The agony at Gethsemane is very singnificant for the salvation of humanity. It is in this moment when Jesus Christ freely accepts his Father’s will. Though, here we see, how the two natures of Jesus enter into a fight. In this chapter, Cardinal Ratzinger wants us to explore certain characteristics of the person of Jesus. 

First, Jesus experienced a deep need of prayer. As the second person of the holy Trinity, Jesus keeps communion with his Father. It is not unusual for Jesus to separate himself from the disciples to have this intimate communion with the Father. However, his need of prayer, is not only because he wanted to avoid the horrific moments that were about to happen, but this fear, also came from the human destiny that he was assuming.  Jesus freely assumes all the responsibility of human sin in order to bring humankind back into a relationship with the God.

Second, Jesus experience sorrow and distress. The agony of Jesus in the garden shows that the divinity of Christ suffers with his humanity. At first, Jesus prays “My Father, if it is possible, let this cup pass from me.” On the other hand, he prays “yet, not as I wil, but as you will.” Because of his humanity, Jesus felt tempted to avoid this moments of horror, he felt sad, and abandoned; but in his divinity God himself saved the entire humankind.

Jesus as the high priest. According to Ratzinger, by his auto-donation Jesus became the true priest. The word priest, means the one who mediates in religious service. Also it means one who is holy or set apart to perform those services. In his priesthood, Jesus is greater than any other priest because through him hour humanity is back into relationship with God the Father. He was the only one who could be the mediator between God and humankind.

I like it based on this reasons.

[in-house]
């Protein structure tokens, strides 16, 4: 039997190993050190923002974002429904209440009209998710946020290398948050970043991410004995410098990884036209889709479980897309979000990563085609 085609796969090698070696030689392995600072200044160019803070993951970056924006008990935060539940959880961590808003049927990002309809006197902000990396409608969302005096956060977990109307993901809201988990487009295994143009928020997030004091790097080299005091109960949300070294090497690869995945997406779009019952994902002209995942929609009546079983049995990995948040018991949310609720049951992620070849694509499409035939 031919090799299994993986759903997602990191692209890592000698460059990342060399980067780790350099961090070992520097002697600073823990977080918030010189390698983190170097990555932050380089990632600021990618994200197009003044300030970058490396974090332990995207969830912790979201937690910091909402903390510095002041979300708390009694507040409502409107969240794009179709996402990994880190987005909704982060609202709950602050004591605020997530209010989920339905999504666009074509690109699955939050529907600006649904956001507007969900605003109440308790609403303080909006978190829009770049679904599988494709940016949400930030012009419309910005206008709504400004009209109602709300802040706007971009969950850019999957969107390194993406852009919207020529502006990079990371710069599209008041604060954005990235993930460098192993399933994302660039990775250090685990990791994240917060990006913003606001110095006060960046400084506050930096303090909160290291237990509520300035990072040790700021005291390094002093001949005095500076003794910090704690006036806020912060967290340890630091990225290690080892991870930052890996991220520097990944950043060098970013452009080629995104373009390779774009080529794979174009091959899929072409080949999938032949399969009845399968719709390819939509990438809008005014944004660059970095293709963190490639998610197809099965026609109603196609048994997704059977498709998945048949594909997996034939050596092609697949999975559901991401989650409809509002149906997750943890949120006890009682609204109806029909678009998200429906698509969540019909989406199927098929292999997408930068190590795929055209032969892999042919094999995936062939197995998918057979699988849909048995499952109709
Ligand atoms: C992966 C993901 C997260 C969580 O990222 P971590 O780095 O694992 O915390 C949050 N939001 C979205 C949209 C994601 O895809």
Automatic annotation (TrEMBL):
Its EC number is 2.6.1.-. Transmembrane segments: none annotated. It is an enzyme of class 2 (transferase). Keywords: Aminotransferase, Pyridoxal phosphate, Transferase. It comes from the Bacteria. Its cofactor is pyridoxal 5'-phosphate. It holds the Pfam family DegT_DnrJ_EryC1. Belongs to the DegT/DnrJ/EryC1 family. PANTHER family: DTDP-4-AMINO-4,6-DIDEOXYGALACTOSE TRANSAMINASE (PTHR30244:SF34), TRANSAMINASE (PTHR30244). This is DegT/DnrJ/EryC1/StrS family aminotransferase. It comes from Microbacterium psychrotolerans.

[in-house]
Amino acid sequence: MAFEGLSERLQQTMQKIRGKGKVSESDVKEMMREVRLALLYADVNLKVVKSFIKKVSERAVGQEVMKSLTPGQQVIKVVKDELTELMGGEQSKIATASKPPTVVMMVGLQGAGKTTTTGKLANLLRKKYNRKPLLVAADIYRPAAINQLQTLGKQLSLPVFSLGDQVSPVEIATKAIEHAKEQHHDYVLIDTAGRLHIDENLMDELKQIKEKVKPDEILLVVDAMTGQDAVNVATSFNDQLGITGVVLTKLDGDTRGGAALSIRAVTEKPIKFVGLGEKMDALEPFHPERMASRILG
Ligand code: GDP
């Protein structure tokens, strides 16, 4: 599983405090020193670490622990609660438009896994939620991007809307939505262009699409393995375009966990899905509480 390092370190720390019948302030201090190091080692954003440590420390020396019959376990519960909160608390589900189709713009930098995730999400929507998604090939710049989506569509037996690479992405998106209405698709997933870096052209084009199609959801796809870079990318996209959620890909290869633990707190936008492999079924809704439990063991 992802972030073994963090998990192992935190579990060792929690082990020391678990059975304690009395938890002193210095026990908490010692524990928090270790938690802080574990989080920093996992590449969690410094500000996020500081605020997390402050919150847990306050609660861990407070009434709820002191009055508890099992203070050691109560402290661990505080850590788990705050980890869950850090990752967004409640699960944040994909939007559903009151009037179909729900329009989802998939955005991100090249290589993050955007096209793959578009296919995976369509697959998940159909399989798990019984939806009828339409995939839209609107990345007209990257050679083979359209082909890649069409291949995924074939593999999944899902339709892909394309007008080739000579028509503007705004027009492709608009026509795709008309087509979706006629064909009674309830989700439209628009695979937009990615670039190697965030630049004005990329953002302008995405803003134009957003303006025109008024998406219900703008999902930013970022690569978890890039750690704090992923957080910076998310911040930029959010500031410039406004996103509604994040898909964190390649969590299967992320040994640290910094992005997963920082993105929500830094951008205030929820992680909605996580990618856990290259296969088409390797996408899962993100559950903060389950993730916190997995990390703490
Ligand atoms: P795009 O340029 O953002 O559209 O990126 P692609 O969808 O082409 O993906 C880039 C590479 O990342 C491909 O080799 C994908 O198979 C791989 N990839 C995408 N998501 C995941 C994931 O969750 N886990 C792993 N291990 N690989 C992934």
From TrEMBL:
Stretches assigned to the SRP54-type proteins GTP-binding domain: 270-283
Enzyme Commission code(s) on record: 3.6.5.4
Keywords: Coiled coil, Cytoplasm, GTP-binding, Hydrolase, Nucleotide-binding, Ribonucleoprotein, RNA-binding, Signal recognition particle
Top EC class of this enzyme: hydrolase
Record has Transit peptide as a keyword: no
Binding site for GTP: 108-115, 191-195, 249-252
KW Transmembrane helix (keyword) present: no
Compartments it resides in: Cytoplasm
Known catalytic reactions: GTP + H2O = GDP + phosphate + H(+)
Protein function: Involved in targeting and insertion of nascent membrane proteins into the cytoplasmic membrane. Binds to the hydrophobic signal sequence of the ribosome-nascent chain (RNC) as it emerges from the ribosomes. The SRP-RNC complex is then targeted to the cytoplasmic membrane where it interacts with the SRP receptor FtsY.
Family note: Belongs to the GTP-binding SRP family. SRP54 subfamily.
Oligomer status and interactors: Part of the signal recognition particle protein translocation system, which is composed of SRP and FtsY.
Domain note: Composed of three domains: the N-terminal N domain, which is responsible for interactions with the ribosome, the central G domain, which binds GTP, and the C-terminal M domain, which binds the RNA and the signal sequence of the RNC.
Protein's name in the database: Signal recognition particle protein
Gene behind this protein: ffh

1- it clearly reflects both the human and divine nature of Jesus.

2- Gives a better sense of the suffering of the Cross. Without the Cross there is not resurrection.

3- The experience of the cross, shows how God brings good out of evil.


5 thoughts on “Gethsemane”

  1. this a very complete and well-presented summary of Cardinal Ratzinger (Pope Benedict) view of the Gethsemane. In my opinion, you capture the essence of this section by saying that there is no resurrection if there is no Cross. This is relevant because for our present generation and future generation is hard to deal with suffering, just because they do not understand it or they do not want to deal with it. Thank you!

  2. You give a very good summary of Pope Benedict’s interpretation on the Gethsemane! The first point, which is about Jesus’ need to pray, cough my attention because reminds me about the importance of being in union with God and because of the goodness that comes from being in and true pray.

  3. The agony in Gethsemane shows that Jesus did not want to die. He too was afraid to suffer. However, we can find strength in meditating on His suffering to help us through our own “little agonies.” If the cross had been easy for Jesus to carry, then how would we relate to His suffering when we are asked to pick up our own crosses? We place our hope in Jesus to help us through our sufferings.

  4. This brings me back to Christology. He is one divine person with two natures. In the person of Jesus, neither nature is “squelched”; the natures are both present without confusion, change, division, or separation. In Jesus’ human nature, God suffered. And here, Benedict investigates how this can be. Jesus Christ is true priest and mediator.

  5. As we learned in Christology, the Agony in the Garden was the moment when Jesus bent His human will to the His divine will. This agony is relatable. In Jesus humanity He does not want to suffer and die yet He knows this to be necessary for the Salvation of the world and the very reason He took on a human nature. Great job in summarizing Ratzinger’s theological insight!

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